Moon and Sun/Earth Calendars

By Sheila Rose Bright

Earth, Sun and MoonI cannot let Jacqui Woodward-Smith’s reference to ‘our patriarchal solar calendar’ (GP9, Reviews) pass without comment.  To my mind there is nothing patriarchal about using a solar calendar, only about ignoring the moon.  And you’ve given me the ideal opening to leap up onto several of my favourite soapboxes, Jacqui!

I completely agree that we need to let the moon shine in and on our lives much more.  A month is, for me, a perfect length of time to acknowledge and work with one cycle of new, waxing, full, waning, dark and new again in my life.  I consciously attune my physical and spiritual life to the moon’s phases, taking the opportunity to reflect upon what new seeds/beginnings I want to sow, what growth to nurture in my life, what fullness to celebrate and what to empower, what to turn away from or let die, what to cut and end, what I want to return to and resurrect.

Whatever ritual, spiritual, emotional or physical work is needed in my life, there is always a time of the moon which is best for doing it.  ‘Best’ in this context means when I will most feel like doing it and will thus do it most effectively, because my energies are flowing with the moon’s.  Conversely, the current phase of the moon also leads me to reflect upon the corresponding direction of energy in my life on that day.  I cannot imagine living a life which is not deeply and essentially attuned to the moon’s phases.  Even the colour of the clothes I wear (and thus of my laundry loads!) symbolically follow her cycle.  It is the moon which gives me my basic daily rhythm, even though it is no longer marked by my menstrual cycle.

I would imagine, with Jacqui, that inattention to the moon in our lives does have its roots in patriarchy, with its devaluing and destruction of all that the moon affects and stands for: tidal flows, menstrual bleeding, the cyclical (as opposed to linear) nature of life, and by extension ultimately Woman and Goddess herself.  Naturally our oldest Goddess figurines like Willendorf show lunar notation.

However, our solar calendar is definitely not patriarchal, even if our exclusive use of it while disregarding the moon is.  Our solar calendar is in fact the calendar of our Mother Earth and her changing relationship to the sun as we orbit it each year.  (Remember that actually we are spinning on our axis and circling around the sun, even though it appears to us on Earth that the sun rises and sets, and shines for longer or shorter days.)  The solar calendar is the calendar of Earth’s seasonal year.  It must have critically affected and directed the patterns of human life ever since we learned to anticipate where and when food would be available for gathering, where and when to expect to find animals to hunt, and, later, when to plant and harvest.

As far as I know, the Wheel of the Year is a central feature of all pagan religions, including the Goddess path.  This is not surprising, since the word ‘pagan’ comes from the Latin ‘paganus’ meaning ‘country dweller’.  Pagans are nature people, in tune with the Earth and her seasons.  Certainly in my own life, attunement to the changing seasons of the solar year is core.  Thus I organise my personal life and calendar around the eight festivals, the centre of my spirituality.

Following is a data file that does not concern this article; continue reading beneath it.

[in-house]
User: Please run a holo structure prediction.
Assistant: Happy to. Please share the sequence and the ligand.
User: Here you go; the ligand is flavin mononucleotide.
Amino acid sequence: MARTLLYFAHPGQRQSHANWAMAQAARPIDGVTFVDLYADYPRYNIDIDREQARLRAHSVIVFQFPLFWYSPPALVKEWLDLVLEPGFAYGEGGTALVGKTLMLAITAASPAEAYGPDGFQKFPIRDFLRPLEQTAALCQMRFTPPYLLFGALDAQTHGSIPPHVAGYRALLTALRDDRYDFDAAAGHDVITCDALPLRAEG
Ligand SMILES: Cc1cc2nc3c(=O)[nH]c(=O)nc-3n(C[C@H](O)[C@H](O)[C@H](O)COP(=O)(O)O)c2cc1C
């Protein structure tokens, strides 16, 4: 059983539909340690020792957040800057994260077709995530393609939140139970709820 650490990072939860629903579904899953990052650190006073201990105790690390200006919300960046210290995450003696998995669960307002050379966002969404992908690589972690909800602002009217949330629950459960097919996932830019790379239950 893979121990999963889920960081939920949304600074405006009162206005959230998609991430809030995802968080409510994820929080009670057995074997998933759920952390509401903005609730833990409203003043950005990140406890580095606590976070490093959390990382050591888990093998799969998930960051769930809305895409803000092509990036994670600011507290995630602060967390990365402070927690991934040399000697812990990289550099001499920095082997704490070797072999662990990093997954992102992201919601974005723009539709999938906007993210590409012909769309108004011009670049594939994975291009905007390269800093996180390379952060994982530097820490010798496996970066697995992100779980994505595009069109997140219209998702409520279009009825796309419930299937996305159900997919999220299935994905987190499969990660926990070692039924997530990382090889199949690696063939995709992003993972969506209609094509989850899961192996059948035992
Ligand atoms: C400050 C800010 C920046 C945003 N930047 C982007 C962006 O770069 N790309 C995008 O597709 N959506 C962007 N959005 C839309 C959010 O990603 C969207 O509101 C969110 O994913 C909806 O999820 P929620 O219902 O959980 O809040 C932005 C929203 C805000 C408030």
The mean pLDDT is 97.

In fact, the reason why I so much resent our enforced annual adjustment to Bloody Silly Time (B.S.T.)* and back again is that it destroys the sacredness of the days gradually growing longer or shorter and my appreciation of that change.  It cuts across our Earth/Sun calendar with a bureaucratic patriarchal knife – with the absurd result that in West Cornwall where I live, true noon (the sun at its zenith) happens 1 hour 23 minutes later than noon by the clock.  Now that’s what I call patriarchal: deliberately moving us out of synch with Earth/Sun time, imposing an artificial and unnatural time on our body-clocks.

The Phases of the Moon - drawing by Sheila Rose Bright
The Phases of the Moon - drawing by Sheila Rose Bright - click for larger version

I’m not sure why ‘Lunar Imbolc/Beltane/Lammas/Samhain’ should be celebrated on the nearest full moon.  Who said that the cross-quarter festivals were/are celebrated at full moon?  Why not choose the lunar phase which would be in tune with and reflect the energy of each festival e.g. waxing crescent moon for Imbolc’s new beginnings, waxing gibbous (approaching full moon) for Beltane’s flowering, waning gibbous for Lammas’ fruiting, waning crescent/dark moon for Samhain. This would follow the same principle which I use in celebrating Spring Equinox at dawn, Beltane mid-morning, Midsummer at noon, Lammas early afternoon, Autumn Equinox at sunset and Midwinter at midnight: laying the map of one unit of time (a day) over another (year) and marrying up the corresponding phases of each.
However, personally I quite enjoy the variety of lunar phases which our Earth/Sun calendar brings to our festivals.  Whereas a full moon at Beltane will reinforce Beltane’s full-on ecstatic extrovert nature, a dark Moon at Beltane subtly tones down the energy and introduces an undertone of endings, loss and introspection.  Similarly for all the solar festivals: the phase of the moon affects the energy of the festival – yet one more reason why the same festival is different each year.